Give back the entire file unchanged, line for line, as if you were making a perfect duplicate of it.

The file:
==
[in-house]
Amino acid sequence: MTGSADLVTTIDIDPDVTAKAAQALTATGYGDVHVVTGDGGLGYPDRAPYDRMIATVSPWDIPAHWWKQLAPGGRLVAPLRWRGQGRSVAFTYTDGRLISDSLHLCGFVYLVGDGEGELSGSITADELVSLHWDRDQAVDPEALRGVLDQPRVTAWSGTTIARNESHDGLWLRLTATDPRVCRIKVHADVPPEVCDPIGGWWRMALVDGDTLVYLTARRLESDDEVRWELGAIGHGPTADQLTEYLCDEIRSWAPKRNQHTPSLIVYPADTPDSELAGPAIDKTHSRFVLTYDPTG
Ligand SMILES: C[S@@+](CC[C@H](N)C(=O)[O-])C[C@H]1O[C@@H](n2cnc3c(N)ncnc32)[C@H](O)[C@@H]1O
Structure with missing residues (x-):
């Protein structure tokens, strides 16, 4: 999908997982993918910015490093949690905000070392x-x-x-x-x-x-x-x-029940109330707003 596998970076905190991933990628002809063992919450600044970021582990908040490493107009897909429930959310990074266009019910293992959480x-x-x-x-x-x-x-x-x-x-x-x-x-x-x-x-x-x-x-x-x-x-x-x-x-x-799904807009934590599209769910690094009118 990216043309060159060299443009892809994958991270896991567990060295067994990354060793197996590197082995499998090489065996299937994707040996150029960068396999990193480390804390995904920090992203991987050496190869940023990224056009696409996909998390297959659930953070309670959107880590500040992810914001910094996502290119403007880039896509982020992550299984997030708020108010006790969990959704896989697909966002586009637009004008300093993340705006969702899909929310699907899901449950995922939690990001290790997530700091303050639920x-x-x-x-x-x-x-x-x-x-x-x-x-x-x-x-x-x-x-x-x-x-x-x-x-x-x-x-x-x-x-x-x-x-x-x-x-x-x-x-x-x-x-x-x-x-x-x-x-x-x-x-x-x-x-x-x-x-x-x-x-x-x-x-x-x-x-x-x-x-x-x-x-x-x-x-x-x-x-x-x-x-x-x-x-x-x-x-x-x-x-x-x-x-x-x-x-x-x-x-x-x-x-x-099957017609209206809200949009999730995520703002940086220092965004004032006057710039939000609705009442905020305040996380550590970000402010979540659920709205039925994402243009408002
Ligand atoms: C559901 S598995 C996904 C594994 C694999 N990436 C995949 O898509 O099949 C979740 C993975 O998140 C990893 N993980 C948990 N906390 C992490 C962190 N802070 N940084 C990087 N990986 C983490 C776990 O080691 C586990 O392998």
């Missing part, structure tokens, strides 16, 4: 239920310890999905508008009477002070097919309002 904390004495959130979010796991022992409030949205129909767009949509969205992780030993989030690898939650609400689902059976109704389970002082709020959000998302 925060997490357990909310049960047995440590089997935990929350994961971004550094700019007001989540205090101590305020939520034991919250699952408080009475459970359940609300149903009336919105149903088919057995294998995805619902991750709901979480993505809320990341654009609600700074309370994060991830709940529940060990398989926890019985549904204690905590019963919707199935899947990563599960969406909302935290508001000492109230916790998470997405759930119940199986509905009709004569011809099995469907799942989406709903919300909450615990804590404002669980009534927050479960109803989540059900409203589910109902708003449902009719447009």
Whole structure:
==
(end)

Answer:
[in-house]
Amino acid sequence: MTGSADLVTTIDIDPDVTAKAAQALTATGYGDVHVVTGDGGLGYPDRAPYDRMIATVSPWDIPAHWWKQLAPGGRLVAPLRWRGQGRSVAFTYTDGRLISDSLHLCGFVYLVGDGEGELSGSITADELVSLHWDRDQAVDPEALRGVLDQPRVTAWSGTTIARNESHDGLWLRLTATDPRVCRIKVHADVPPEVCDPIGGWWRMALVDGDTLVYLTARRLESDDEVRWELGAIGHGPTADQLTEYLCDEIRSWAPKRNQHTPSLIVYPADTPDSELAGPAIDKTHSRFVLTYDPTG
Ligand SMILES: C[S@@+](CC[C@H](N)C(=O)[O-])C[C@H]1O[C@@H](n2cnc3c(N)ncnc32)[C@H](O)[C@@H]1O
Structure with missing residues (x-):
């Protein structure tokens, strides 16, 4: 999908997982993918910015490093949690905000070392x-x-x-x-x-x-x-x-029940109330707003 596998970076905190991933990628002809063992919450600044970021582990908040490493107009897909429930959310990074266009019910293992959480x-x-x-x-x-x-x-x-x-x-x-x-x-x-x-x-x-x-x-x-x-x-x-x-x-x-799904807009934590599209769910690094009118 990216043309060159060299443009892809994958991270896991567990060295067994990354060793197996590197082995499998090489065996299937994707040996150029960068396999990193480390804390995904920090992203991987050496190869940023990224056009696409996909998390297959659930953070309670959107880590500040992810914001910094996502290119403007880039896509982020992550299984997030708020108010006790969990959704896989697909966002586009637009004008300093993340705006969702899909929310699907899901449950995922939690990001290790997530700091303050639920x-x-x-x-x-x-x-x-x-x-x-x-x-x-x-x-x-x-x-x-x-x-x-x-x-x-x-x-x-x-x-x-x-x-x-x-x-x-x-x-x-x-x-x-x-x-x-x-x-x-x-x-x-x-x-x-x-x-x-x-x-x-x-x-x-x-x-x-x-x-x-x-x-x-x-x-x-x-x-x-x-x-x-x-x-x-x-x-x-x-x-x-x-x-x-x-x-x-x-x-x-x-x-x-099957017609209206809200949009999730995520703002940086220092965004004032006057710039939000609705009442905020305040996380550590970000402010979540659920709205039925994402243009408002
Ligand atoms: C559901 S598995 C996904 C594994 C694999 N990436 C995949 O898509 O099949 C979740 C993975 O998140 C990893 N993980 C948990 N906390 C992490 C962190 N802070 N940084 C990087 N990986 C983490 C776990 O080691 C586990 O392998």
């Missing part, structure tokens, strides 16, 4: 239920310890999905508008009477002070097919309002 904390004495959130979010796991022992409030949205129909767009949509969205992780030993989030690898939650609400689902059976109704389970002082709020959000998302 925060997490357990909310049960047995440590089997935990929350994961971004550094700019007001989540205090101590305020939520034991919250699952408080009475459970359940609300149903009336919105149903088919057995294998995805619902991750709901979480993505809320990341654009609600700074309370994060991830709940529940060990398989926890019985549904204690905590019963919707199935899947990563599960969406909302935290508001000492109230916790998470997405759930119940199986509905009709004569011809099995469907799942989406709903919300909450615990804590404002669980009534927050479960109803989540059900409203589910109902708003449902009719447009």
Whole structure: